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N itrogen distribution in samples A S nitrided with iron plate (A SP) and without top lid (A SO )

25%N2 + 75%H2 gas, 500C, and 5 h. The results are summarised below. Nitriding with mesh lid The top steel plate was changed to a mesh lid, which was made from the same perforated steel sheet as the mesh cylinder. Characterisation results showed that using mesh lid (ASM) can produce a similar nitriding eVect as that with a steel plate (ASP), this included a similar average surface hardness on the surface (Fig. 10) and a similar hardness pro le in the nitrided case (Fig. 11). The compound layer on the surface was also dominated with e phase, the relative intensity of I e(1 0 1 ) / I c (2 0 0 ) was 325, which was lower than 597 for ASPN in 25N2 + 75H2 and 716 for ASPN in 25N2 + 75Ar samples. Nitriding without top lid When the upper lid was removed, AS nitriding produced a non-uniform surface, which could be seen visually. Toward the edge and near the mesh cylinder, the sample surface was dark grey, which had a similar matt grey appearance as that found on samples nitrided with a steel mesh (ASM) or a steel plate (ASP) top lid. The dark grey colour gradually faded away with an increase in the distance from the mesh cylinder, and towards the centre the samples surface more or less retained the original metallic sheen, where the original grinding marks could be clearly seen. For convenience, the area with dark (or black)

colour is indicated by ASO-bl, and the area with metallic sheen (white) by ASO-wh. Although the surface hardness (HV01) did not vary much within the two distinct areas (Fig. 10), the nitrogen concentrations were indeed much lower and shallower (Fig. 12). Corresponding to the non-uniform appearance and the non-uniform nitrogen distribution, the hardening in the diVusion zone was also non-uniform. Figure 11 shows that the black area (ASO-bl ) had a similar hardness pro le compared to samples nitrided using steel plate (ASP) or mesh (ASM). In contrast, the white area (ASO-wh) had a lower and shallower hardness pro le, indicating a lower nitrogen diVusion case depth. Nitriding with T i or Cu lid When a titanium plate was used as the top lid in AS nitriding (ASTi), the nitrided sample surface became golden mixed with purple in colour, presumably owing to the formation of titanium nitride. The GDS result in Fig. 13a shows that the nitrided surface of less than 1 mm contains Ti and N. Because the layer was too thin, the XRD could not detect any Ti or TiN, but only showed the peaks of the substrate a-Fe. Surface hardness measurements at 01 kg load showed a very small hardening eVect (Fig. 10). However, no hardening was found below the surface (Fig. 11). When a copper plate was used as the top lid, the AS nitrided sample (ASCu) surface was covered with a layer of copper which can be easily identi ed by the reddish brown colour. The copper layer was about 12 mm thick as shown by the GDS results in Fig. 13b. No hardening eVect was found either on the sample surface (Fig. 10) or beneath it (Fig. 11). DISCUSSION Nitrogen transfer from atmosphere to sample surface As with any other type of nitriding, AS plasma nitriding is also expected to be a multistage process, which involves the nitrogen transfer from the plasma atmosphere to the solid surface, and then from the solid surface into the substrate. The mechanism of nitrogen atom production and transfer from the media to the component surface is one of the principal di Verences between plasma nitriding and gas or bath nitriding, and the diVerence between AS nitriding and dc nitriding if there is any. Several models have been proposed in the past to explain the mass transfer mechanism in dc plasma nitriding. These include the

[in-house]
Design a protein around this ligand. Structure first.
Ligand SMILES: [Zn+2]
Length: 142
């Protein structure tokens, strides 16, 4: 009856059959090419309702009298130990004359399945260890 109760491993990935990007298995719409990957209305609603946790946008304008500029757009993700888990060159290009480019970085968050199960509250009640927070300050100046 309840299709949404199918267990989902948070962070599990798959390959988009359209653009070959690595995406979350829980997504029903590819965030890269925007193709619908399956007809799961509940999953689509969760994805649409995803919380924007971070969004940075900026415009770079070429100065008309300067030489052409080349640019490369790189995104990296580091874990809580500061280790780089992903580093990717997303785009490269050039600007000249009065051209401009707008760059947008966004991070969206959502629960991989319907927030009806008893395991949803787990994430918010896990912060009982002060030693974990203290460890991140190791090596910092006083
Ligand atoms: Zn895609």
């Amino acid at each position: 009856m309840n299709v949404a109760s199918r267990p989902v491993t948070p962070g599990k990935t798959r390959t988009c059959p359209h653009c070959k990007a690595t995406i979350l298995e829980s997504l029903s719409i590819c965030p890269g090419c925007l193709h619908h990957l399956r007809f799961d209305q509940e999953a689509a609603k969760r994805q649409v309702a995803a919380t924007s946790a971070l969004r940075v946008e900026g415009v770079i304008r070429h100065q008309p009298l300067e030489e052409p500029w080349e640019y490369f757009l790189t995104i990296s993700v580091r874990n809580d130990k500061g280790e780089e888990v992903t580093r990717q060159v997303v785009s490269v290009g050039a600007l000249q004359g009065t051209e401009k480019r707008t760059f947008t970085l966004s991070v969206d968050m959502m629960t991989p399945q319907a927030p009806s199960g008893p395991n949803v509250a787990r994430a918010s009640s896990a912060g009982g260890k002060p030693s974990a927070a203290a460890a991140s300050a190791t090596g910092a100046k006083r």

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H ardness pro les of samples nitrided with various active screen setups
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Chemical composition in samples A S nitrided with a T i plate (A ST i) and b Cu plate (A SCu) as top lid in active screen

models of sputtering and recondensation, 7 nitrogen ion implantation, 8 low energetic Nm H+ n bombardment, 9 nitrogen adsorption, 1 0 and neutral and ion adsorption. 1 1 However, some of these models can be easily excluded from AS plasma nitriding process as discussed below. The nitrogenhydrogen ion bombardment theory suggests that nitrogenhydrogen molecular ions, e.g. NH+ and NH+ 2 , play decisive roles for nitrogen mass transfer in plasma nitriding.9 The molecular ions of nitrogenhydrogen will dissociate upon hitting the cathode, supplying the active nitrogen which penetrates the surface barrier. However, the fact that nitriding can be performed with a N2 + Ar gas mixture with the AS technique in this test, and dc technique in other work8 suggests that hydrogen, and in turn NH+ and NH+ 2 , are not necessary for plasma nitriding. The implantation theory proposes that plasma nitriding is either achieved by the penetration of the high energy nitrogen atoms, 8 or by nitrogen ion (N+ ) implantation.1 2 However, it is known that with industrial ion implantation, the energy of ions can be as high as 100 keV, yet, the penetration depth of ions, e.g. N+ , is limited only to the top most surface layer within a depth of less than 0102 mm.1 3 In dc plasma nitriding, the energy of nitrogen ions is normally less than 05 keV with a potential of about 500 V between the cathode and the anode. While in AS nitriding, the sample is in a oating potential, and the nitrogen ions or atoms away from the cathodic active screen would have far less energy than those in either ion implantation or normal dc nitriding. Therefore, high energy atom penetration or ion implantation could not play a major role in nitrogen transportation in AS plasma nitriding.